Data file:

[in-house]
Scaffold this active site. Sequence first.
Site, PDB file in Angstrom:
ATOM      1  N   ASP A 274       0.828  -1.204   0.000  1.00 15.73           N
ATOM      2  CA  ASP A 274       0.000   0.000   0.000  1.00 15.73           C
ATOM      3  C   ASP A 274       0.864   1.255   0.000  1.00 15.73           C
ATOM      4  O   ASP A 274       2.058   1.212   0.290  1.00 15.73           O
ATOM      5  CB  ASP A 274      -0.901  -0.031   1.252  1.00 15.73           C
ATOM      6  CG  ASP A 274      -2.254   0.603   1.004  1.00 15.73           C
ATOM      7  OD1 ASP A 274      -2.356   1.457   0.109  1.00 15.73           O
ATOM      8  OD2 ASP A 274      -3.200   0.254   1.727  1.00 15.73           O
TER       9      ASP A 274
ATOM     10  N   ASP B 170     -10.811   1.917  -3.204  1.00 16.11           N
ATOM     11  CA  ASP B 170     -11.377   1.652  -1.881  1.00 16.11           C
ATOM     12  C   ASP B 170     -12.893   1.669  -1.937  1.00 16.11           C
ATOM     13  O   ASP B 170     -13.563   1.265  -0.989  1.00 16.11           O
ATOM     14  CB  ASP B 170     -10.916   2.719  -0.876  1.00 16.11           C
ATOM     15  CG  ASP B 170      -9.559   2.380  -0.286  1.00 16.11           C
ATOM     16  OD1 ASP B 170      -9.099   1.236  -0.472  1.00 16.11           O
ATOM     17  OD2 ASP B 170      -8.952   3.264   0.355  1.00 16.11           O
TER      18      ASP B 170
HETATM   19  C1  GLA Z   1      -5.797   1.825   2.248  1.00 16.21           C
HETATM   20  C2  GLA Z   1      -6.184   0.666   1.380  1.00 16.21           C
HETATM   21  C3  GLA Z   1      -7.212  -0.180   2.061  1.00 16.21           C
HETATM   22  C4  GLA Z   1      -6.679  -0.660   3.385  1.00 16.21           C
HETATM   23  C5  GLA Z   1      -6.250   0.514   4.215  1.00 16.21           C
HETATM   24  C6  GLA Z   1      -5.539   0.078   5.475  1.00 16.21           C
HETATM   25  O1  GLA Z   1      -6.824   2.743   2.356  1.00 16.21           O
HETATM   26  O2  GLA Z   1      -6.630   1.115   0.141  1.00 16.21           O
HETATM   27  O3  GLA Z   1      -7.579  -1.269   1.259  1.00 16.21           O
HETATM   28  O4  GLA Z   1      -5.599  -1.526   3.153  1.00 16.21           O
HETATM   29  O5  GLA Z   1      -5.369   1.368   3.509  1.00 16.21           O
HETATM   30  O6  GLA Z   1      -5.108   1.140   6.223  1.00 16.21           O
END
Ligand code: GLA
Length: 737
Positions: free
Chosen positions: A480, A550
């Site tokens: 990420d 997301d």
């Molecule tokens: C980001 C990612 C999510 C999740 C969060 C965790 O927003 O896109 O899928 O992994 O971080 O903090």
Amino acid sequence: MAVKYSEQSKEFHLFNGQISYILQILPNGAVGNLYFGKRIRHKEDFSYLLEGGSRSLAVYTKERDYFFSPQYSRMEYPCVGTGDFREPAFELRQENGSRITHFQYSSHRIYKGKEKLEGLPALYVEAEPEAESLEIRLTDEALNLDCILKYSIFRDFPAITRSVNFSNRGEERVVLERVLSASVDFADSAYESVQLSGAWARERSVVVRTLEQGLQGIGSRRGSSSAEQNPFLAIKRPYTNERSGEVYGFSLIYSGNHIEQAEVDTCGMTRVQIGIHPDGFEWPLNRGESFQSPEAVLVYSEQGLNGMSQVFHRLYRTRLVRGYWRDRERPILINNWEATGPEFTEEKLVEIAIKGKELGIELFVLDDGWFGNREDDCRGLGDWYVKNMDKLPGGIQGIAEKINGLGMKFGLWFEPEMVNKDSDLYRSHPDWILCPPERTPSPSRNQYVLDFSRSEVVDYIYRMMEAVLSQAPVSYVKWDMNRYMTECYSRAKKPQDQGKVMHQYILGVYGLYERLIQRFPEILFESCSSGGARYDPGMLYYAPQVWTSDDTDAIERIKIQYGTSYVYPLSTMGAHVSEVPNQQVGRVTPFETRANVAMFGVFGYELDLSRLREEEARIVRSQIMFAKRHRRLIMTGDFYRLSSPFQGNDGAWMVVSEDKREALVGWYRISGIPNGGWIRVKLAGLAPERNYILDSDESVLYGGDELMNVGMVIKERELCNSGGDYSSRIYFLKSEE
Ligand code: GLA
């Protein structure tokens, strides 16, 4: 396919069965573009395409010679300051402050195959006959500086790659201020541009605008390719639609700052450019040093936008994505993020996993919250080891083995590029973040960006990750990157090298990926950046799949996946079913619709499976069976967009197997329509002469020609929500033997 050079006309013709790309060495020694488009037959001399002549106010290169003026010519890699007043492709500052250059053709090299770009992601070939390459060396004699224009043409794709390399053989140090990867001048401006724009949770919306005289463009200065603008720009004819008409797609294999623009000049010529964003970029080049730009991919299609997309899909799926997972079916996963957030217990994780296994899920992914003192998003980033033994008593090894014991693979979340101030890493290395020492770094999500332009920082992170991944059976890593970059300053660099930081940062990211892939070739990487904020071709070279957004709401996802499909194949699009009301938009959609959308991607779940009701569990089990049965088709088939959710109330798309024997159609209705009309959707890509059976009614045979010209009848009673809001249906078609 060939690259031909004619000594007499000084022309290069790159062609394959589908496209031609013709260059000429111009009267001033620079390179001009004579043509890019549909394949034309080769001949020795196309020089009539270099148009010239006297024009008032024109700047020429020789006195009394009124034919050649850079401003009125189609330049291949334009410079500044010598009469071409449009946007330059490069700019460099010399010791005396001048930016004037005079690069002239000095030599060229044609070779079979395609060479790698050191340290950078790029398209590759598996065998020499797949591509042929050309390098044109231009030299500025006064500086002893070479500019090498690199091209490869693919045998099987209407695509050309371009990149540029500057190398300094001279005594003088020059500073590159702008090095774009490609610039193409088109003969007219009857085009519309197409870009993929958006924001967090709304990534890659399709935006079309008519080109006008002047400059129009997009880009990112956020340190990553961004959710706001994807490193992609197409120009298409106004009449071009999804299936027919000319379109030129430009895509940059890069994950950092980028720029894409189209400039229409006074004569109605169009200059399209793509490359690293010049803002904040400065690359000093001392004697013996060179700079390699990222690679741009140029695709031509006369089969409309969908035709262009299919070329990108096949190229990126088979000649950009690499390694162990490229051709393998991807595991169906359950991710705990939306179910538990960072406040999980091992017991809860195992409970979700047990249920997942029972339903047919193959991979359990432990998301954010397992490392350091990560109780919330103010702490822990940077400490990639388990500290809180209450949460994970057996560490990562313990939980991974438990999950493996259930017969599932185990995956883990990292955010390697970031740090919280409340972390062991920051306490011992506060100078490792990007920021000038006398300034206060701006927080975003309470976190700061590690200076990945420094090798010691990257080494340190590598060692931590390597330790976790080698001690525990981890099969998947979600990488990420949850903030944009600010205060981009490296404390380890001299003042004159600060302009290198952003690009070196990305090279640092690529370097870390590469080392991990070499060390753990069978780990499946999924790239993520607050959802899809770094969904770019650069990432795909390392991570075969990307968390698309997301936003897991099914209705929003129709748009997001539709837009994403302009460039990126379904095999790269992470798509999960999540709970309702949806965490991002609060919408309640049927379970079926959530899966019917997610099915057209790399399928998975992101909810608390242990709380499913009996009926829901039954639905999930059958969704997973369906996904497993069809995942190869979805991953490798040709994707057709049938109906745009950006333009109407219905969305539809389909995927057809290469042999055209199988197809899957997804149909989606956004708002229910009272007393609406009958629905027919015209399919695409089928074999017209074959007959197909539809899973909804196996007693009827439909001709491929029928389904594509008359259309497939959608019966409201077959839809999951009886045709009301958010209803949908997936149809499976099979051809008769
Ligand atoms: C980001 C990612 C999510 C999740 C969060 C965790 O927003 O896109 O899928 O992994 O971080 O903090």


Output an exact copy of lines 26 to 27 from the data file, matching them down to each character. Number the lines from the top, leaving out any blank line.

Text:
HETATM   23  C5  GLA Z   1      -6.250   0.514   4.215  1.00 16.21           C
HETATM   24  C6  GLA Z   1      -5.539   0.078   5.475  1.00 16.21           C